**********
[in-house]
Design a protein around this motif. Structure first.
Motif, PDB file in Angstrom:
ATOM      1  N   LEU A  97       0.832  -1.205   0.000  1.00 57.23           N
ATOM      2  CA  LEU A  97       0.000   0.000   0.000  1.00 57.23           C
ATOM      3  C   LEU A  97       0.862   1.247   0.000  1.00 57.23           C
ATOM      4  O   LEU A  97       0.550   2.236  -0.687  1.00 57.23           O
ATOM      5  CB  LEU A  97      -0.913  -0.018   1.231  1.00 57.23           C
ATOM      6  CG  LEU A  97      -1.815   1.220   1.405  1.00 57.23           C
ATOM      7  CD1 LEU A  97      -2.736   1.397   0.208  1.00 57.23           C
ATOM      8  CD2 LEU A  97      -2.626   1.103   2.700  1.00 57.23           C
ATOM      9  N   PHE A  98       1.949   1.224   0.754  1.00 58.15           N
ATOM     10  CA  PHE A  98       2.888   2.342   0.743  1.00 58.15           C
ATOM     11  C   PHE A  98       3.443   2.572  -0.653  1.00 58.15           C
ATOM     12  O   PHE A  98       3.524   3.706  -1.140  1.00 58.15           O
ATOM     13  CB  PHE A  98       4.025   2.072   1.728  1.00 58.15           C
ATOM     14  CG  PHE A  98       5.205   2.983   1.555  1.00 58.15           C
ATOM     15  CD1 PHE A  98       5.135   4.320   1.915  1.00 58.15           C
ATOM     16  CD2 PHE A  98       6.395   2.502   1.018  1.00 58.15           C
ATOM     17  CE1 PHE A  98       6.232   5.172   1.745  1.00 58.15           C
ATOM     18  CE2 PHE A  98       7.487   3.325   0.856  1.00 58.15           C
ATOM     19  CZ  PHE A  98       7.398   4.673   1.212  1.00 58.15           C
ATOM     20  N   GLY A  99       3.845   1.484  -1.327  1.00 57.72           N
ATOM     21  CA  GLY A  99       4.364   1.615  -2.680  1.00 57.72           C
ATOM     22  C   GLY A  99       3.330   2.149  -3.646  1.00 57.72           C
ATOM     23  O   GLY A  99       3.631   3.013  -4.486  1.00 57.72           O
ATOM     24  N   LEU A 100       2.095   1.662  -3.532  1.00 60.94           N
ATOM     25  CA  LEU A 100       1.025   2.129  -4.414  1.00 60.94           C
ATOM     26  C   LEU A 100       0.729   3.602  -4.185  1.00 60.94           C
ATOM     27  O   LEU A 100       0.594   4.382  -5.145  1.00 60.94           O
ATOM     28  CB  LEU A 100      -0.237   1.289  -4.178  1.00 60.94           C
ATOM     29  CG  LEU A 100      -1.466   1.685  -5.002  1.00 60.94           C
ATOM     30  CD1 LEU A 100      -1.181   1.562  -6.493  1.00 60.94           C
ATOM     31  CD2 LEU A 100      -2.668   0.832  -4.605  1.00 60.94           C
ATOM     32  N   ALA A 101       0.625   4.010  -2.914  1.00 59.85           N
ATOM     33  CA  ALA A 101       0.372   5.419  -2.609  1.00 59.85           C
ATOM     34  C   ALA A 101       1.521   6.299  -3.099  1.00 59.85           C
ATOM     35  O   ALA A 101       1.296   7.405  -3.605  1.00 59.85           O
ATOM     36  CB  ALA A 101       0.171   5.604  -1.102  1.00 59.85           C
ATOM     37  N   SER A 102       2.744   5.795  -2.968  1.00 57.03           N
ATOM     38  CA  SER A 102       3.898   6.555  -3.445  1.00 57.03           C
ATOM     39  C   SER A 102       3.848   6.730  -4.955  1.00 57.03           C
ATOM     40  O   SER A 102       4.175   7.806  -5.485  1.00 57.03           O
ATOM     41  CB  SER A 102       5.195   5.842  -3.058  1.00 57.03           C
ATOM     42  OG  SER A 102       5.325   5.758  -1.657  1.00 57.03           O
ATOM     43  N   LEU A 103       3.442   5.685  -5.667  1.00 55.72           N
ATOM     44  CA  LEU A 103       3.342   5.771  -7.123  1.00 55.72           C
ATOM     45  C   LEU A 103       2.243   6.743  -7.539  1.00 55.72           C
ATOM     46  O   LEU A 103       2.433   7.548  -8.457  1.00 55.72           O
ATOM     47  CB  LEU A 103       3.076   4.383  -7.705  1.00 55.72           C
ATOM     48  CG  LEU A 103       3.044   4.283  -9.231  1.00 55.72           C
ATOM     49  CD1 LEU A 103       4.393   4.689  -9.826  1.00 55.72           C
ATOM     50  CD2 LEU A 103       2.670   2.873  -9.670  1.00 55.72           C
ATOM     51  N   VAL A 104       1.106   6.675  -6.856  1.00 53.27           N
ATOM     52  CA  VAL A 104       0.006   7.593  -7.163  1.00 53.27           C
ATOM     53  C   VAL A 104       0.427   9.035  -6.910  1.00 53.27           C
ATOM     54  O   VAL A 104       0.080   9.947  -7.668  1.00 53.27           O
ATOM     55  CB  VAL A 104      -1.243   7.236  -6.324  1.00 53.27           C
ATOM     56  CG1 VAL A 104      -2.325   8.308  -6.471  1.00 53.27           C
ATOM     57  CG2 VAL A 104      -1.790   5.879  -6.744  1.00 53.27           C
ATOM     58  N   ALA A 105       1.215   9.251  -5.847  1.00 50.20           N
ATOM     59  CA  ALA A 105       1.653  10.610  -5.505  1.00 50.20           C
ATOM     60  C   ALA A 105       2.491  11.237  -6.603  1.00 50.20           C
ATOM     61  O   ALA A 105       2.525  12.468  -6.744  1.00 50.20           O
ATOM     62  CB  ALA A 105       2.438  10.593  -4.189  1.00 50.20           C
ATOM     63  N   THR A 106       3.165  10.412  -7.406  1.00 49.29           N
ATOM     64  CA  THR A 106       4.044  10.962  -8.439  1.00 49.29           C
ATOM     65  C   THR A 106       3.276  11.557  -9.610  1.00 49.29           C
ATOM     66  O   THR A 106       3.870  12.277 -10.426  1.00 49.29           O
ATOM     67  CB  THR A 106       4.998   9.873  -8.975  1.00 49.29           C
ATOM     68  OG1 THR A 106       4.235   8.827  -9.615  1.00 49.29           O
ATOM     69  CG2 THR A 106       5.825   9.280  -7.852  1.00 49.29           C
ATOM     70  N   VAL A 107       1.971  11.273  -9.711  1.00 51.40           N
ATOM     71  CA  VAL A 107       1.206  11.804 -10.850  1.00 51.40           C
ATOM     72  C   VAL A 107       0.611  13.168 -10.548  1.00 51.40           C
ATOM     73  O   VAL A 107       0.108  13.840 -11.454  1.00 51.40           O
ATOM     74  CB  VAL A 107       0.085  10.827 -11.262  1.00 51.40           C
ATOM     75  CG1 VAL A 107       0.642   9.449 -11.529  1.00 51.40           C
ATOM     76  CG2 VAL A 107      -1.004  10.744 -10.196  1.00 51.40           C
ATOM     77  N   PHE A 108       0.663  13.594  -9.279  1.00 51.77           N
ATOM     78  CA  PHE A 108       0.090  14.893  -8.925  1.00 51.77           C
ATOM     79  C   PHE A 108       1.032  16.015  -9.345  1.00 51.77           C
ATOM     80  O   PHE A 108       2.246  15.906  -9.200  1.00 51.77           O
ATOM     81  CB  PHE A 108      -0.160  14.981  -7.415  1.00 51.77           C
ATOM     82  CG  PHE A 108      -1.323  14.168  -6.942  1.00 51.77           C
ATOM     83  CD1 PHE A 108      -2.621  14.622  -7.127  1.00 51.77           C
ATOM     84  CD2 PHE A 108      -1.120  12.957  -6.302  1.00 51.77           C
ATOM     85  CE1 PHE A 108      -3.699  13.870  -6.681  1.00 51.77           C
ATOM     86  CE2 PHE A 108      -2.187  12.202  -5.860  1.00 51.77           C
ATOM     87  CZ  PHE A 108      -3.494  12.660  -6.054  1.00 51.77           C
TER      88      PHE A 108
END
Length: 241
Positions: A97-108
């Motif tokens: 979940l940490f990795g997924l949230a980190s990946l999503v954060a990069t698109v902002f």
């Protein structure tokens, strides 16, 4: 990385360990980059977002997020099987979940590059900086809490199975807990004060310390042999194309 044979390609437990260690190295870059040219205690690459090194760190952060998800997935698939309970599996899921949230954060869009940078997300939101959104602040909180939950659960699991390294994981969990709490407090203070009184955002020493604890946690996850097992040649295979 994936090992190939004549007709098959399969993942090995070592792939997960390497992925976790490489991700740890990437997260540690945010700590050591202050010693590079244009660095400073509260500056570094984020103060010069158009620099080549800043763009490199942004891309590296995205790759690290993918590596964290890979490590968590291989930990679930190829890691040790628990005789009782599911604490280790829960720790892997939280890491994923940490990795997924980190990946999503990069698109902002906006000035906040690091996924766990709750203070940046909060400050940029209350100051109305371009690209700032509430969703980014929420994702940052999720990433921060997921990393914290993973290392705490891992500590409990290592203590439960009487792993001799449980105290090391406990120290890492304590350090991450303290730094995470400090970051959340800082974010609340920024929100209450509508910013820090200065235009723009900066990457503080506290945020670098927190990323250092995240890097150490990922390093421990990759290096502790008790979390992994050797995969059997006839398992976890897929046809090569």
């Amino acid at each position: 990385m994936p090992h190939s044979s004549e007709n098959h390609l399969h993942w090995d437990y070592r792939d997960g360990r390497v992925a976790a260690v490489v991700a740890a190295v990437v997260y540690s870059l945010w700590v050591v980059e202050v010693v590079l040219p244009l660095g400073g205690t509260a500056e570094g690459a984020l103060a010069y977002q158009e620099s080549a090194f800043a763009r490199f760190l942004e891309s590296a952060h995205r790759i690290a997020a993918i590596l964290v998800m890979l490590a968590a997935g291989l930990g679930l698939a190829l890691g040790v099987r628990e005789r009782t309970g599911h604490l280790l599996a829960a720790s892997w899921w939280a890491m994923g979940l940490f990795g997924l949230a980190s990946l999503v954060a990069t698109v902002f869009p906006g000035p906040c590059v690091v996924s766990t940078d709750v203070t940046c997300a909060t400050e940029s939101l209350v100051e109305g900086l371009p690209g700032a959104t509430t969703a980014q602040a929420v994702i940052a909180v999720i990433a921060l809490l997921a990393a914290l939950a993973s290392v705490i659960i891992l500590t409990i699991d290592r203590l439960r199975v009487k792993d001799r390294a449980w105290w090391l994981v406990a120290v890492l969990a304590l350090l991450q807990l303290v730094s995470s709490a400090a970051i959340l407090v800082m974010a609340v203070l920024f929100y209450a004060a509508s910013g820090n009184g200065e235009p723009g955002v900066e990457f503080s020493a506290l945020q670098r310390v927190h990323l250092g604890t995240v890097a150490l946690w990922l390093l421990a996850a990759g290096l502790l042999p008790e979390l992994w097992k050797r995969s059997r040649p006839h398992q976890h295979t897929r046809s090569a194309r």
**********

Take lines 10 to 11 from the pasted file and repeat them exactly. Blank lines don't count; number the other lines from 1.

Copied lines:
ATOM      7  CD1 LEU A  97      -2.736   1.397   0.208  1.00 57.23           C
ATOM      8  CD2 LEU A  97      -2.626   1.103   2.700  1.00 57.23           C